And before someone says, "I live in Central LA and never leave because everything I need to do is right here," I ask you to think about the larger perspective. That may be true for you specifically, but there's a far higher percentage of people living in Central LA who crank up cars to head for jobs in the burbs than there are people living in Manhattan that crank up cars to head for Queens, LI, Staten, Jersey, Westchester, Connecticut, etc. I would say the same is also true for Chicago, San Francisco, Philadelphia, Boston or DC.
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Old 05-01-2013, 08:07 AM
 
Location: In the heights
22,149 posts, read 23,676,300 times
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Quote:
Originally Posted by BajanYankee View Post
I would actually imagine that people living in more decentralized cities are more familiar with their region than people living in more centralized cities. When I'm in Atlanta, for example, I may go from Lawrenceville to Lenox Mall (Buckhead) to Downtown to Marietta and then to College Park all in one day. Most of the shopping and attractions and stuff I want to do are spread all over the Metro area so I end up driving all over the place. And most people drive all over the metro area because their jobs are scattered all over the place.

In contrast, I find that people living in Manhattan know a lot less about other areas. Many of them have never been to Long Island or ever spent any significant amount of time in New Jersey or Connecticut. They live in Manhattan, work in Manhattan, shop in Manhattan, dine in Manhattan, go the gym in Manhattan, club in Manhattan, go to shows in Manhattan, and pretty much do everything in Manhattan with the occasional excursion out to Brooklyn. And of course, the overwhelming majority of them don't even have cars, so those types of trips would be a complete hassle. So I think it's one thing to say that people in suburbs are socially isolated (which I don't necessarily agree with), but it's another thing to say that those people are more isolated from the rest of the region than people living in cities.

And before someone says, "I live in Central LA and never leave because everything I need to do is right here," I ask you to think about the larger perspective. That may be true for you specifically, but there's a far higher percentage of people living in Central LA who crank up cars to head for jobs in the burbs than there are people living in Manhattan that crank up cars to head for Queens, LI, Staten, Jersey, Westchester, Connecticut, etc. I would say the same is also true for Chicago, San Francisco, Philadelphia, Boston or DC.
Definitely hasn't been true in my experience nor in the experience of people I've met. If going everywhere by car is the default and almost sole mode of transportation for someone, then even for very near distances they will take the car. They will serendipitously or by necessity see the things within immediate walking distances. They will be drawn to events and shops other people recommend even if a fair distance away, but that doesn't mean they particularly know the layout or neighborhood of the place where that shop is located. What's more, the places that are in the sort of areas we're talking about are crowded with more difficult parking and often quite a bit of traffic to get to and that's simply unappealing. I'm pretty sure I've lived in more areas of Southern California than most (uprooted about nine or so times) and I know a pretty diverse lot of people. What you're saying simply doesn't ring true to me for Los Angeles.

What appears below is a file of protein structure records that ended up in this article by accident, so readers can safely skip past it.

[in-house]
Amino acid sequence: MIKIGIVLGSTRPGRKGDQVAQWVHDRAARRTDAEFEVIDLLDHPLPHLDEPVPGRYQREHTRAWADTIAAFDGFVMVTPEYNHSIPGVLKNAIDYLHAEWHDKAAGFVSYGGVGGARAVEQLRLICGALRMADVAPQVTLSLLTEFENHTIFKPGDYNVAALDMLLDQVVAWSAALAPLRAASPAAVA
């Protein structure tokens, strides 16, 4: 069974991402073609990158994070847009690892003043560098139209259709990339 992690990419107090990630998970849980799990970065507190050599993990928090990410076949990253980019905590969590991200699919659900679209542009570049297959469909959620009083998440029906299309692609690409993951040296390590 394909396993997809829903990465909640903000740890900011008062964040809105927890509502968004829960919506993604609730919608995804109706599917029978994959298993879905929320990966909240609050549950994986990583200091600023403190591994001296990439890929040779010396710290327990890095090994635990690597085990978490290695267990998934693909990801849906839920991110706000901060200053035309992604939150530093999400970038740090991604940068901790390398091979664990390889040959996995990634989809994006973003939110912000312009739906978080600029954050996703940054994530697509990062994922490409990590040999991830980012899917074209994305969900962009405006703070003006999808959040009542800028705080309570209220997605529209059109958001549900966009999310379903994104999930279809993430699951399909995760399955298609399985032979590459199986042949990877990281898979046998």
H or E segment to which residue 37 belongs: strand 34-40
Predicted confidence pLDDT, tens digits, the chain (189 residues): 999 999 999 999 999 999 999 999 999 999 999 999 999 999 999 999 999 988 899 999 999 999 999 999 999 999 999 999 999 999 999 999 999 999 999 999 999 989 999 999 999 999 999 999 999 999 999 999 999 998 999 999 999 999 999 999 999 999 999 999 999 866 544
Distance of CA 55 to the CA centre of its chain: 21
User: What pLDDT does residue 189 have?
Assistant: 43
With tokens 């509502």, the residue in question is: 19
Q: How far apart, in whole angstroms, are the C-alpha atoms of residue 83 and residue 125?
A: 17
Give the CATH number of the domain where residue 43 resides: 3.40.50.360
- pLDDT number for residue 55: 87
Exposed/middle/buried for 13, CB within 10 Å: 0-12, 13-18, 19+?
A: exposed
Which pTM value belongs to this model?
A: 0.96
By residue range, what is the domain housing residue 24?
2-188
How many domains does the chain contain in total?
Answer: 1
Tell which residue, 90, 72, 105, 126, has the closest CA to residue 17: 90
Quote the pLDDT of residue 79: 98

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Old 05-01-2013, 08:15 AM
 
Location: Pasadena, CA
10,087 posts, read 13,115,862 times
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Quote:
Originally Posted by OyCrumbler View Post
Definitely hasn't been true in my experience nor in the experience of people I've met. If going everywhere by car is the default and almost sole mode of transportation for someone, then even for very near distances they will take the car. They will serendipitously or by necessity see the things within immediate walking distances. They will be drawn to events and shops other people recommend even if a fair distance away, but that doesn't mean they particularly know the layout or neighborhood of the place where that shop is located. What's more, the places that are in the sort of areas we're talking about are crowded with more difficult parking and often quite a bit of traffic to get to and that's simply unappealing. I'm pretty sure I've lived in more areas of Southern California than most (uprooted about nine or so times) and I know a pretty diverse lot of people. What you're saying simply doesn't ring true to me for Los Angeles.
Yeah I've never heard of people driving all over the metro in one day to accomplish chores. Of course it happens from time to time but it's not a common occurrence like you are describing. The traffic in Los Angeles makes that incredibly undesirable and a huge waste of time.

Maybe you (Bajan) should post your hypothesis in the LA board and see if people agree.
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Old 05-01-2013, 08:18 AM
 
Location: Crooklyn, New York
28,266 posts, read 26,252,873 times
Reputation: 11726
Quote:
Originally Posted by OyCrumbler View Post
Definitely hasn't been true in my experience nor in the experience of people I've met. If going everywhere by car is the default and almost sole mode of transportation for someone, then even for very near distances they will take the car. They will serendipitously or by necessity see the things within immediate walking distances. They will be drawn to events and shops other people recommend even if a fair distance away, but that doesn't mean they particularly know the layout or neighborhood of the place where that shop is located. What's more, the places that are in the sort of areas we're talking about are crowded with more difficult parking and often quite a bit of traffic to get to and that's simply unappealing. I'm pretty sure I've lived in more areas of Southern California than most (uprooted about nine or so times) and I know a pretty diverse lot of people. What you're saying simply doesn't ring true to me for Los Angeles.
I would say it's definitely true. Someone living in the Valley has probably been to Hollywood (possibly to have dinner or go clubbing), Downtown (for work), Santa Monica (for entertainment), etc. The average Angeleno, even those living in Central Los Angeles, have more reason to venture across the region. How many people in Manhattan are going to New Jersey or Westchester ever? They might to go the Hamptons in August, but for the most part, people are content to stay in the city and never leave because everything they want to do is on the Island.